Login Register

Wartime shows at much loved Dudley Hippodrome

By Black Country Bugle  |  Posted: December 17, 2013

By Dan Shaw

  • Programme for The Student Prince at Dudley Hippodrome, August 1943

  • Programme from the Dudley Hippodrome's 1944 pantomime Aladdin and his Wonderful Lamp

  • Sonny Jenks was a hit as Widow Twankey at the Dudley Hippodrome, Christmas 1944

  • Singer Bruce Trent appeared at the Dudley Hippodrome in 1943

Comments (0)

THE heightened interest in the fate of the Dudley Hippodrome has sent many Bugle readers searching through their collections of Black Country memorabilia for any items related to the old variety theatre.

These programmes from the 1940s belong to Jo Davies of Brierley Hill, a keen collector of Black Country ephemera, who acquired them through an internet auction site.

The earlier programme is dated 23rd August, 1943, and it is for Bernard Delfont's touring production of The Student Prince, the musical melodrama by Sigmund Romberg and Dorothy Donnelly.

The star of the show was popular Jersey-born baritone Bruce Trent (1912-1995) who enjoyed great success in the 1940s and '50s. He made his name singing with Jack Hylton's band and following this tour of The Student Prince he joined the army and entertained troops in Stars in Battledress. After the war he appeared in many shows on the London stage before retiring in the 1970s.

His co-star was Carole Lynne (1918-2008), a star of the West End in the 1940s and '50s. She married Bernard Delfont in 1946 and after retirement she worked for entertainment charities.

The other artistes on the bill were Cyril Dossor, Frank Powell, Jack Jones, Cleversley Mills, John Clifford, Harry Brindle, Alec Hardy, Betty Percheron, Harold Charlton, Bernard Albron, Bryan Johnson, Charles Denby, Cyril James, Toby Lenon, Marjorie Chard, Marion Gordon, Arthur Clark and Marjorie Macklin.

The programme features reminders that this was very much wartime. One note reads, "Chocolate may be obtained in the stalls foyer upon the surrender of personal points" – even in the theatre sweets were rationed.

Another note gives advice on what would happen in the event of an air raid:

"If an Air Raid Warning be received during the performance the Audience will be informed by two lights from the Number Indicators on each side of the Proscenium Arch. The Red Light means the Alert: the Green, the Raiders Passed. Keep calm, the performance will go on. You are safer here than in the street. If you wish to leave, please go quietly.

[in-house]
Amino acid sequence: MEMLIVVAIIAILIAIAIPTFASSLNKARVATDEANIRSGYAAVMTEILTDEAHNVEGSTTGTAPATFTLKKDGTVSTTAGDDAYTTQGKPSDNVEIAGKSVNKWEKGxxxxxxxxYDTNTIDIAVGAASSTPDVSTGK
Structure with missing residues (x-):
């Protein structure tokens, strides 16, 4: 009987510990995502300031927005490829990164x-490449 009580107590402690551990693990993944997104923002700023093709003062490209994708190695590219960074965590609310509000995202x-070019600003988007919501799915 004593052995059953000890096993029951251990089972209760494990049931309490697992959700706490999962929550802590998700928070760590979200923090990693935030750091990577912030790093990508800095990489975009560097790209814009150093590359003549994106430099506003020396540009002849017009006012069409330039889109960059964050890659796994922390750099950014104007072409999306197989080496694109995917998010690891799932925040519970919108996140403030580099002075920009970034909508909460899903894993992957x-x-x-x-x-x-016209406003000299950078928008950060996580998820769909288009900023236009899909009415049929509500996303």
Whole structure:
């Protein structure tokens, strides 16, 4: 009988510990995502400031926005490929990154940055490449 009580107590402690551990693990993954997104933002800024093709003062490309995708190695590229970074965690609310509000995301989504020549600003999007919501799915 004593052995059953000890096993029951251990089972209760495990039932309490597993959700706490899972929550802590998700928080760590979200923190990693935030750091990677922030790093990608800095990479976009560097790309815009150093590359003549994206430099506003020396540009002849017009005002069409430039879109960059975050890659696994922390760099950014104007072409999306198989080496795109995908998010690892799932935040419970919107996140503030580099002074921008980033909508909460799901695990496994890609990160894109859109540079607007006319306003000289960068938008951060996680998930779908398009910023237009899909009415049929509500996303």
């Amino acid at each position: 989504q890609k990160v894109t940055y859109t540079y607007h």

"In the event of the Raiders Passed Signal not being received before the end of the performance, any member of the Audience may stay in the Stalls Foyer should they so desire."

The programme carries some interesting adverts. The brewers Mitchells and Butlers is a well-known name but does anyone remember the pharmaceutical chemist Percy G. Richardson and his "Celebrated Pink Pectoral"?

The follow-up to this show was Felix Mendelssohn and His Hawaiian Serenaders, with performances twice nightly.

Jo's second programme dates from 26th December, 1944, and is for the Hippodrome's "first big city pantomime", Aladdin and his Wonderful Lamp. This was a big hit and ran for six weeks.

Aladdin was played by Avril Angers (1918-2005), the comedienne and actress who began her career with the Tiller Girls. She enjoyed a long career on stage and television, making appearances in Coronation Street, Dad's Army, Are You Being Served? and All Creature Great and Small.

Sonny Jenks played the dame, Widow Twankey, while Wishee-Washee was played by comic Alec Pleon (1911-1985). The other cast members were Margaret Churchley, Maureen Tasker, the Rego Twins, Franklyn Ives, Bill Miles, Diana Ellinger, Lew Miles, Louise Rolyat and M. Skye. Also taking part were Florence Whiteley's Famous Zio Angels, the Latour Babes, Les Klicks, the Five Royal Canadian Mounties and Petro and Petrova.

Have you any more memorabilia from the Dudley Hippodrome or any of the other old variety theatres of the Black Country? Please contact dshaw@blackcountrybugle .co.uk or write to our editorial address.

Do you have something to say? Leave your comment here...

max 4000 characters